As the Philippines celebrates Buwan ng Wika this month, it’s but timely that the Commission on the Filipino language is dedicating this year’s theme to honoring the various indigenous languages of the county as an important part of nation building.
In Bicol, for instance, its own languages are kept as spicy and alive as ever by its thriving literary community and by a recently concluded 1st Premyo Victorio C. Valledor for Bikol Novel.
Despite the diversity of its geography-based dialects, the Bicol writing community is alive and has been prolific with various works, translations, even books—thanks to the efforts of institutions like the Ateneo de Naga University Press, and havens like the Savage Mind bookshop ran by Kristian Sendon Cordero (who also happens to be the Deputy Director of Ateneo de Naga University Press).
The awarding ceremony of the 1st Premyo Valledor Award for Bicol Novel happened in April with two declared winners each receiving a trophy and the Php50,000 cash prize. Niles Jordan Breis won for “Kalatraban Sa Alkawaraan” and Jerome Hipolito for “Dyurnal Entries.” And by this time, production for the two novels are underway in time for Breis’s and Hipolito’s book launches and tours in the province.
Speaking on behalf of the Ateneo de Naga University Press, which organized the contest, Cordero noted the main concerns of setting up the maiden literary competition: “Getting the entries became our top challenge because this was something new; but we were up to the greater challenge of how to bring the idea across the community—the writers, teachers, and other members of the local literary scene. Understandably, it was tough selecting which novels would win that’s why we ended up declaring two winners. The good thing now is that people now recognize that contest like the Premyo Valledor Awards exists.”
Cordero, a prized literary contest winner himself, notes that the contest is a gamechanger. “We have this notion that the highest literary awards are always given to English and Filipino works. Some people even have reservations about using a regional language because they think using the vernacular, especially using so-called obscene words, could result in narratives that are too close for comfort. But when you write in a language you have to penetrate through its wall. You are allowed to speak your truth. I’m glad that the board of judges and organizers had an open mind about the works submitted by the novelists.”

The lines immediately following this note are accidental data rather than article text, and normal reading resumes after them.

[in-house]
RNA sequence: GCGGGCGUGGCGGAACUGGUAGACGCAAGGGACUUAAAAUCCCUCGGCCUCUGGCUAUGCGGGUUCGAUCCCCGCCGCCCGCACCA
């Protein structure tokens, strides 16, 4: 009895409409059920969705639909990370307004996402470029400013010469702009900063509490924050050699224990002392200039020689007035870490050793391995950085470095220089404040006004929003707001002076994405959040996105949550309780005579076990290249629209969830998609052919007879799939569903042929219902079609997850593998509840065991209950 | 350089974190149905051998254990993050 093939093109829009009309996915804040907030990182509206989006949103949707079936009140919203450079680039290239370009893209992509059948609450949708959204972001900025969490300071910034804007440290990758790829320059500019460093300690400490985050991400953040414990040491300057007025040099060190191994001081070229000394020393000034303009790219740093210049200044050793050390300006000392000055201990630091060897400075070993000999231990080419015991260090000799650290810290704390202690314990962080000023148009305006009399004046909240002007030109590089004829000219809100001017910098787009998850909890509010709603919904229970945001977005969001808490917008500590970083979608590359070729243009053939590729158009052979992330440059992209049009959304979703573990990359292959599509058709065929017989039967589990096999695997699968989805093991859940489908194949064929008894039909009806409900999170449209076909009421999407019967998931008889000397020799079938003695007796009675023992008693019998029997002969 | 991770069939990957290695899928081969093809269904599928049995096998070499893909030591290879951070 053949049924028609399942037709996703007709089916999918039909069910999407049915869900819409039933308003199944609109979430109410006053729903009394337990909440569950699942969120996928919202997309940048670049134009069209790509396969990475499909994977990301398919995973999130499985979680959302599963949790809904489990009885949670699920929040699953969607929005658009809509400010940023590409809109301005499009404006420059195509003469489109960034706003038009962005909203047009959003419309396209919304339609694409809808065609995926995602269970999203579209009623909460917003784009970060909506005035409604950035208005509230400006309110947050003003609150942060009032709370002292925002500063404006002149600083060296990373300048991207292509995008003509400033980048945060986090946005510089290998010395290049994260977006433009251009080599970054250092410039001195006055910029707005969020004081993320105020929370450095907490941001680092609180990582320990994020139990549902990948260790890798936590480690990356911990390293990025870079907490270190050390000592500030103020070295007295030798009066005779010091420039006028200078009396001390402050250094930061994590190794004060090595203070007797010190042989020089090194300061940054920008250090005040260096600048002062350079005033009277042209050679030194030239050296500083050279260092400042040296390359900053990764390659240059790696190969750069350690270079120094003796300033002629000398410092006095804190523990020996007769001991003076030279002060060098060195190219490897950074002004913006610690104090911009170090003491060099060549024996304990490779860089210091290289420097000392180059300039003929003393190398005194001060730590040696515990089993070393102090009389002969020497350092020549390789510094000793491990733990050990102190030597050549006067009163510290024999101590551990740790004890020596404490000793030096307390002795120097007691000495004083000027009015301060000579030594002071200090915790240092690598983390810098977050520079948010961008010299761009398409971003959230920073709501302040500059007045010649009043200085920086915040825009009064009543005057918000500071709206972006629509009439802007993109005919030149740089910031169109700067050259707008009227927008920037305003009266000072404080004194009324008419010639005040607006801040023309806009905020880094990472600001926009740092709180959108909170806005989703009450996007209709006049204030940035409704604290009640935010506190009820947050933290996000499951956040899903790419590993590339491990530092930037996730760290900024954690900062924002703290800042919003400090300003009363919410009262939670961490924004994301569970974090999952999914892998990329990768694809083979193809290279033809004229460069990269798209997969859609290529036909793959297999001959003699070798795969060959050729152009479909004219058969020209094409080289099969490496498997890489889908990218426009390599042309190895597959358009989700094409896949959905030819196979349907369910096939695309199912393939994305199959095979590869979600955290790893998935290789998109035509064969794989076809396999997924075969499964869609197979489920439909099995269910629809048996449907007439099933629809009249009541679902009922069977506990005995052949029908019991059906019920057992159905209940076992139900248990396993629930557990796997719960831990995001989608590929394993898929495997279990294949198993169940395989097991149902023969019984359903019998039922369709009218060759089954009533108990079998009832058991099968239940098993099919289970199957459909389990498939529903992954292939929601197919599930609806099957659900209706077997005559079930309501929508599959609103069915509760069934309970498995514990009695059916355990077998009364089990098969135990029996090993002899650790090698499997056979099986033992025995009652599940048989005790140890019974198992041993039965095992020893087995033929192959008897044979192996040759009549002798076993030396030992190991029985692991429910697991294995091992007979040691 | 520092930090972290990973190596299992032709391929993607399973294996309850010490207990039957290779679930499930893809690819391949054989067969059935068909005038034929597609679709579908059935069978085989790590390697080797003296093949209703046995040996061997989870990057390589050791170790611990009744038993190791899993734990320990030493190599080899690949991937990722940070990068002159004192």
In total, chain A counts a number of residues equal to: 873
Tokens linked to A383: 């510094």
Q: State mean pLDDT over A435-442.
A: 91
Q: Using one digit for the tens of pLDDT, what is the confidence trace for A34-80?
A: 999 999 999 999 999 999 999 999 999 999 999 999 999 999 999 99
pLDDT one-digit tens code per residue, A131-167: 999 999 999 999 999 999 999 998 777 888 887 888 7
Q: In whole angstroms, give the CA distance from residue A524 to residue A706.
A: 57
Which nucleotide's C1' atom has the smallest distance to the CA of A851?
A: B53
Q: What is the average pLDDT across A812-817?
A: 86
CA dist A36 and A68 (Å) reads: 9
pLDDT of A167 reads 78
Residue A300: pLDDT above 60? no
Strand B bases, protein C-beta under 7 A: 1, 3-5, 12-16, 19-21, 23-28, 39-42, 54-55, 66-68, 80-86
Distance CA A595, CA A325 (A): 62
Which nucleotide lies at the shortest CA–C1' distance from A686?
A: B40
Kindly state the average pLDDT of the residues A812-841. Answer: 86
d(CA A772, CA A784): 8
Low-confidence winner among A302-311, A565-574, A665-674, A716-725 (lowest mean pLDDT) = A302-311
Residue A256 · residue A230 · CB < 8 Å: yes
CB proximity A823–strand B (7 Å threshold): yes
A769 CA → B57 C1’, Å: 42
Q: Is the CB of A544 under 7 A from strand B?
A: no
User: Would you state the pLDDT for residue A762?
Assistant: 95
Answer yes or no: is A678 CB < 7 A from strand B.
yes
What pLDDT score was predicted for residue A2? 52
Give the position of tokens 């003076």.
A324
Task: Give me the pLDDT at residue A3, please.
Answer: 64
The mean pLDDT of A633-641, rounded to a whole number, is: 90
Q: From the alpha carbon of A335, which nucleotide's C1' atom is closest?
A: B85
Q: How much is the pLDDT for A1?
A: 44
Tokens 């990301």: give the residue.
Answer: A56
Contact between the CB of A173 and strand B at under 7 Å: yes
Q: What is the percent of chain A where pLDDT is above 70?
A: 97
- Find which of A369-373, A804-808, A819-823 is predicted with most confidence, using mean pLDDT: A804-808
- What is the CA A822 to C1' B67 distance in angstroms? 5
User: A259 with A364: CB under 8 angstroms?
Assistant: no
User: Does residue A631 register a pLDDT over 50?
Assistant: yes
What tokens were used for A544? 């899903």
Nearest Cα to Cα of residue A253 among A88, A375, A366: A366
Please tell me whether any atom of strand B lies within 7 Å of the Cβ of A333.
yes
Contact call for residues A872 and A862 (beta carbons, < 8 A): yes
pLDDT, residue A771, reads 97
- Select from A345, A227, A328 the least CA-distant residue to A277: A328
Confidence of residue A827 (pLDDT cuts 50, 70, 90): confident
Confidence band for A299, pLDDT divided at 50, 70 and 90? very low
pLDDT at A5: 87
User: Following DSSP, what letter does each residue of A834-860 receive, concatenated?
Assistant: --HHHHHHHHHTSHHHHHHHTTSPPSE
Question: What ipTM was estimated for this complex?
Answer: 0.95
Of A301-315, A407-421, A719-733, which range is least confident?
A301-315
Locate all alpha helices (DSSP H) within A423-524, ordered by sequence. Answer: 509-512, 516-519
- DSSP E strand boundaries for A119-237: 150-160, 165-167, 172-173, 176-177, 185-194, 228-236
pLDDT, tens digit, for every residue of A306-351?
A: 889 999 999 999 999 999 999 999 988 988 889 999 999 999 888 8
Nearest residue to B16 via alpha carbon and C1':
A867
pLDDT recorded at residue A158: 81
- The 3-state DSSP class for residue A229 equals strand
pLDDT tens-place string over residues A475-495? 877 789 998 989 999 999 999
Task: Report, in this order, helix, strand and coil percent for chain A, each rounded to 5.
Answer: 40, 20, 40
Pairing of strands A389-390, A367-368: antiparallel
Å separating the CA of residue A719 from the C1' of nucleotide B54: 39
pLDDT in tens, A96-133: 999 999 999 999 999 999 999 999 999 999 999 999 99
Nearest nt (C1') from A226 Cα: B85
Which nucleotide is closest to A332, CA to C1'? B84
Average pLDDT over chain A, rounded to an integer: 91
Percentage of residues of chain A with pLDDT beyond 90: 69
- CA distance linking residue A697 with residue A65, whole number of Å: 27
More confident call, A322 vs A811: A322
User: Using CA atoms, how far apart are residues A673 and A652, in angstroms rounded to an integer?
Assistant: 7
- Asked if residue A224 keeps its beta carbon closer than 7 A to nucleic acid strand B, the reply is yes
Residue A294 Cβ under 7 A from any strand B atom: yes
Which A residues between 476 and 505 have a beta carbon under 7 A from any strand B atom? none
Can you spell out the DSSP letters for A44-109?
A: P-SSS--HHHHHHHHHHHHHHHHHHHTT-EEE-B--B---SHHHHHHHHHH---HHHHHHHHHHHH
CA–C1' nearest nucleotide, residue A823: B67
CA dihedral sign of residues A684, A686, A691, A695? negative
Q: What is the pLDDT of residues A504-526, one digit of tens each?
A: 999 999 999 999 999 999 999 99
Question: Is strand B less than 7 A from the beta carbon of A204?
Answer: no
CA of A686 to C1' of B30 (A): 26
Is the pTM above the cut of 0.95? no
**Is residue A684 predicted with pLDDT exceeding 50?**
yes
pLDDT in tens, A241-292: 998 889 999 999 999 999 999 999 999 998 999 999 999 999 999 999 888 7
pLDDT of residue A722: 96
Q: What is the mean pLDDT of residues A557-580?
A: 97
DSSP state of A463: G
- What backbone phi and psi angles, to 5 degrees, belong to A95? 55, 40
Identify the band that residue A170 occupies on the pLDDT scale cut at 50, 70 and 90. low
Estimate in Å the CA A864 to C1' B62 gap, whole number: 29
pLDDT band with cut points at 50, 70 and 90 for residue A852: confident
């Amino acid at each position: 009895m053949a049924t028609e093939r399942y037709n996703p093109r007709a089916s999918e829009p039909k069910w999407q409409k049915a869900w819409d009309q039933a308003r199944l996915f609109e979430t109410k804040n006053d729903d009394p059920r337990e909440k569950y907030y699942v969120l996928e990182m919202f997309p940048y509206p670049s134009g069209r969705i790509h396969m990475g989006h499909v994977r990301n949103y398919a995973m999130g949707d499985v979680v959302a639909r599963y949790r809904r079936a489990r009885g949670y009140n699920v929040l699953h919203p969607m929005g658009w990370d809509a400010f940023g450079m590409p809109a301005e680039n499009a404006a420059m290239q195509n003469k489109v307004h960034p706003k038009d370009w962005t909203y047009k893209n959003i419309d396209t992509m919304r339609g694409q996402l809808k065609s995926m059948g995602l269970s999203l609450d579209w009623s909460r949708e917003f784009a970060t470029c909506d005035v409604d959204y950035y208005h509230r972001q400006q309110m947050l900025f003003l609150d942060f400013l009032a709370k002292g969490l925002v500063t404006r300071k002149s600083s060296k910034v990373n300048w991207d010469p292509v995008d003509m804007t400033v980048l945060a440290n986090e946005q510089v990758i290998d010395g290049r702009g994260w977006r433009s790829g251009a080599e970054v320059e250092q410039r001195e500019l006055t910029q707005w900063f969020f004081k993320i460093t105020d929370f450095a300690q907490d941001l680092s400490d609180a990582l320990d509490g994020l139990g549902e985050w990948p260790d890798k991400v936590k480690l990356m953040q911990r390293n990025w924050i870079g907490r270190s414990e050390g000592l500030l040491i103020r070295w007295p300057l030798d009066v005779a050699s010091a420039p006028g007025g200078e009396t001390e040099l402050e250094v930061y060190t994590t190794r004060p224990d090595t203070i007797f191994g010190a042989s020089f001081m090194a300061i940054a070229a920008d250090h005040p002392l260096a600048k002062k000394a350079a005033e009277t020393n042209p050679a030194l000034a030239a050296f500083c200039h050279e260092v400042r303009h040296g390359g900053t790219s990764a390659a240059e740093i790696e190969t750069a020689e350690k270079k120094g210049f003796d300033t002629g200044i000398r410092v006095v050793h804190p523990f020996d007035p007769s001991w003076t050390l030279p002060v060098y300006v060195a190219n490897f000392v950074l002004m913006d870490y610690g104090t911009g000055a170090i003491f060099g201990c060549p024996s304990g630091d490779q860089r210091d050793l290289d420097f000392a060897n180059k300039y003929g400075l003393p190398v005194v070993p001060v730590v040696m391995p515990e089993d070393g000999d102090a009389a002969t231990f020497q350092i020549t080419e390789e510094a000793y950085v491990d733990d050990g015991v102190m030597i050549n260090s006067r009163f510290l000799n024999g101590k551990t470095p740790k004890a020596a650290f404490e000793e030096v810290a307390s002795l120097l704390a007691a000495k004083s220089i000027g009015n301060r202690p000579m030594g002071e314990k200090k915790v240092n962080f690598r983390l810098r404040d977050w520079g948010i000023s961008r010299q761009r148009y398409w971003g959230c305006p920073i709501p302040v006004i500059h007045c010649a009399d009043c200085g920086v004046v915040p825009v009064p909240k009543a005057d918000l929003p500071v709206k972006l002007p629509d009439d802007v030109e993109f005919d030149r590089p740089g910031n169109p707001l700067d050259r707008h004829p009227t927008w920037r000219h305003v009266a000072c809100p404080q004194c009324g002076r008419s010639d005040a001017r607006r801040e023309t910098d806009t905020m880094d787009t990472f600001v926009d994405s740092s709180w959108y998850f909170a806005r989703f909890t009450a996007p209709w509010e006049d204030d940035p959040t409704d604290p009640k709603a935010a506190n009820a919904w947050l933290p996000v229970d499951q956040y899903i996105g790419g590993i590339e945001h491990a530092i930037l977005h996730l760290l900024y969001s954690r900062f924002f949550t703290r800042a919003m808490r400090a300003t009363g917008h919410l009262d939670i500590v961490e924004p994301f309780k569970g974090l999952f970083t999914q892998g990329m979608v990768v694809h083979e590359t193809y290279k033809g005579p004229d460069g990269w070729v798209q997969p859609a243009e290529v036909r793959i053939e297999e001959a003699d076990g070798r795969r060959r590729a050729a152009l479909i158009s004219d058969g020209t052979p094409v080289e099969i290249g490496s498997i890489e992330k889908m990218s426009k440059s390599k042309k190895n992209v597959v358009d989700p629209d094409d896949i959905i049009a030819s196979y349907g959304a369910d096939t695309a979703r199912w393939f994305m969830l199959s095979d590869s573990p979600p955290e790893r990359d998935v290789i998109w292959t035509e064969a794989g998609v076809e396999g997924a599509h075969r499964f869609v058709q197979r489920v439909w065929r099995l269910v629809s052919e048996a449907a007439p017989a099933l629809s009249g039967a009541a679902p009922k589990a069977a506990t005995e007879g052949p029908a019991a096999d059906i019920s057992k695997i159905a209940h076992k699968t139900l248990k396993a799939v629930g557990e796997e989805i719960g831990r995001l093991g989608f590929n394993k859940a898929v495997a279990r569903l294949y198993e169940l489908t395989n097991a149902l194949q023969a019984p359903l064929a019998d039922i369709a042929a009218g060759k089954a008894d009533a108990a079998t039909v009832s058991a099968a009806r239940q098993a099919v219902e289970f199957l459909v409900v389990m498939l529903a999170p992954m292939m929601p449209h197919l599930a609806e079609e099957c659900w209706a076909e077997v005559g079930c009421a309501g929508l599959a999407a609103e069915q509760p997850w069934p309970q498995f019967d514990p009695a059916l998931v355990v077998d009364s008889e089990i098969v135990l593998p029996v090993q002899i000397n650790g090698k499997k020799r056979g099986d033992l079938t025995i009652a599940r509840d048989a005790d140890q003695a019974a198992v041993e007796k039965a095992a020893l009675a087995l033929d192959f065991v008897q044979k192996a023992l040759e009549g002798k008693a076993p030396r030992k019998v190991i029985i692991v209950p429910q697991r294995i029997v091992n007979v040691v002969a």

He related that the current collection of Bicol literary works popular among Filipinos are still the classics of past generations, most of which consist of folk literature such as songs, epic poems, and legends; and added that these are stories handed down to the young generation by their parents, grandparents, and ancestors.
“We want to proceed with a sense of something new. Participating writers may create according to their own style and whatever Bicol language they are most comfortable in. This way, the Bicol novel becomes new. This is how we will proceed in enriching the Bicol languages. I don’t believe that a language dies, I think it just progresses and flourishes.”
Co-winner Jerome Hipolito echoed the same sentiment of pride that the literary contest brings: “Winning the First Valledor, more than anything else, is a challenge for me to further hone my craft and write more novels that tell stories of the Bikolnon. It is also an invitation to inspire budding writers to write novels about and in Bikol.”
Two other novels included in the shortlist were “Alunsina Kan Dagat” by Marvin Davila Aguino and “An Huring Panuga,” co-authored by Arthur Justine P. Alemania and Roxanne E. Berido.
The contest’s benefactor and namesake, Vic Valledor, is an insurance industry vanguard, business leader, philanthropist, Lockton Philippines president, and a true son of Bicol (tracing his roots in Catanduanes).
“The success of the first Premyo Valledor awards is proof that Bikol literature is truly vibrant and diverse,” Valledor pointed out. “There is really a need to encourage our local writers to embrace its richness by writing not just their grandparents’ and parents’ stories but their own narratives as well. This is how Bicol literature will flourish and continue in its heritage.”
The award’s panel of judges included Valledor; National Book Development Board Chairperson Neni Sta. Romana Cruz; accomplished film educator and critic Tito Valiente; prized literary writer and 1998 Southeast Asia Writer Award winner Marne Kilates; and poet, translator, visual artist and Southern Luzon representative for the National Committee of Literary Arts of NCCA Frank V. Peñones Jr.
The 2nd Premyo Valledor literary contest is accepting entries until January 2020, with the announcement of winners and awarding to be held in April.